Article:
From http://www.oracle.com/technetwork/topics/linuxx86-64soft-092277.html

    first accept the terms and conditions and download the following files – oracle-instantclient18.3-basic-18.3.0.0.0-1.x86_64.rpm , oracle-instantclient18.3-devel-18.3.0.0.0-1.x86_64.rpm and oracle-instantclient18.3-sqlplus-18.3.0.0.0-1.x86_64.rpm.

  • We also need to download the ADW Credential Wallet from your ADW environment into same directory as your Vagrantfile (for my environment it was /Users/dmr/projects/solutionsanz/vagrant-boxes/DockerEngine).In order to do this you will need to login to the Oracle cloud environment and click into the Administration section of your ADW Instance and then download the ADW credential wallet.The Oracle Documentation provides the detailed steps.Note: The Oracle client credentials (wallet files) are typically downloaded from the Autonomous Data Warehouse administrative service console by a service administrator. If you are not an Autonomous Data Warehouse administrator, your administrator should provide you with the client credentials.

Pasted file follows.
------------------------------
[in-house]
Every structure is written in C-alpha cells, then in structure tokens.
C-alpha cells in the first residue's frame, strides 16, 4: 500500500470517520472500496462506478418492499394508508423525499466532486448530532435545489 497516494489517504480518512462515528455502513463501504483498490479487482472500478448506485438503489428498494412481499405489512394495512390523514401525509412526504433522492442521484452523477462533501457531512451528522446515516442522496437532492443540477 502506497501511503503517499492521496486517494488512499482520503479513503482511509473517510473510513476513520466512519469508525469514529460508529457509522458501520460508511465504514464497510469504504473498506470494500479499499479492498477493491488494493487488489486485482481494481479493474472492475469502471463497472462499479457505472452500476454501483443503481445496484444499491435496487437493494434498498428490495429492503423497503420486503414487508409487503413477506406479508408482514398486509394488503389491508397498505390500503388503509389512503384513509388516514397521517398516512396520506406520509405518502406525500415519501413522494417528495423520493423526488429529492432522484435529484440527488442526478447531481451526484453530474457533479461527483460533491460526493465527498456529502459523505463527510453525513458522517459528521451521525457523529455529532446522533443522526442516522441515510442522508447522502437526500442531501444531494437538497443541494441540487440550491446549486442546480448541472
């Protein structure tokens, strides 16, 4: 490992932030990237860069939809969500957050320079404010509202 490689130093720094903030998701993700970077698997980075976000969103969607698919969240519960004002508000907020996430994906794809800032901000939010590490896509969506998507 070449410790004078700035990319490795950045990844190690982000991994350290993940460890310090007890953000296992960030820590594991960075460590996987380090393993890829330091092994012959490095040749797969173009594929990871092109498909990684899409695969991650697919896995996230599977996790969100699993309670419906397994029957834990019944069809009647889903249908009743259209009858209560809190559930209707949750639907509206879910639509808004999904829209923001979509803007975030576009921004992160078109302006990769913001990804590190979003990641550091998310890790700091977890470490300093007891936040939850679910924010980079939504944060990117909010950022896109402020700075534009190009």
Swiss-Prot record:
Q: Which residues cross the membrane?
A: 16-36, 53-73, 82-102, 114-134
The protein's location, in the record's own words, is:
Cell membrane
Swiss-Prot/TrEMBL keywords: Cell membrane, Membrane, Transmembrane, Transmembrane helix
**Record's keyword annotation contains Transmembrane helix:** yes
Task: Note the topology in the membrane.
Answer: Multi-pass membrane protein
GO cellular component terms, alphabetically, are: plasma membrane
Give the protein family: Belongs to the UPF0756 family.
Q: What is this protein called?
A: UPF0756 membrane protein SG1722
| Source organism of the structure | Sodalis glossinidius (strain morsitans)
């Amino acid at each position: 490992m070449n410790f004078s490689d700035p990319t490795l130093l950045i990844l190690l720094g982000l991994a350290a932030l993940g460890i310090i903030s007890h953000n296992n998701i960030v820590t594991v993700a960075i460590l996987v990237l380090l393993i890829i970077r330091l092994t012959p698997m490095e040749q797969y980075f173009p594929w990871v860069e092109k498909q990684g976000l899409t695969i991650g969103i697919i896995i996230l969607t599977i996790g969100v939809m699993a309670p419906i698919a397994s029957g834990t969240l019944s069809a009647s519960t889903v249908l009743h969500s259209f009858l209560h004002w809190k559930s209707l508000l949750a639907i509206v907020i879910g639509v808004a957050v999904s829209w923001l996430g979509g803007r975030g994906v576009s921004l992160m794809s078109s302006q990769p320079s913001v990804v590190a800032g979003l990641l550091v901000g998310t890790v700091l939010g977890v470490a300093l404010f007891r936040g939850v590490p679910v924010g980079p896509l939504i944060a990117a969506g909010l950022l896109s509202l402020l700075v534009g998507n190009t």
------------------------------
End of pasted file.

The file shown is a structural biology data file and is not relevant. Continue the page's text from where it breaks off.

To download client credentials, do the following:
    – Navigate to the Service Console for Autonomous Data Warehouse.
    – Choose Administration.
    – On the Administration page choose Download Client Credentials.
    – On the Client Credentials dialog, enter a wallet password and confirm the password.
    – Click Download to save the client security credentials zip file.
    You must protect this file to prevent unauthorized database access.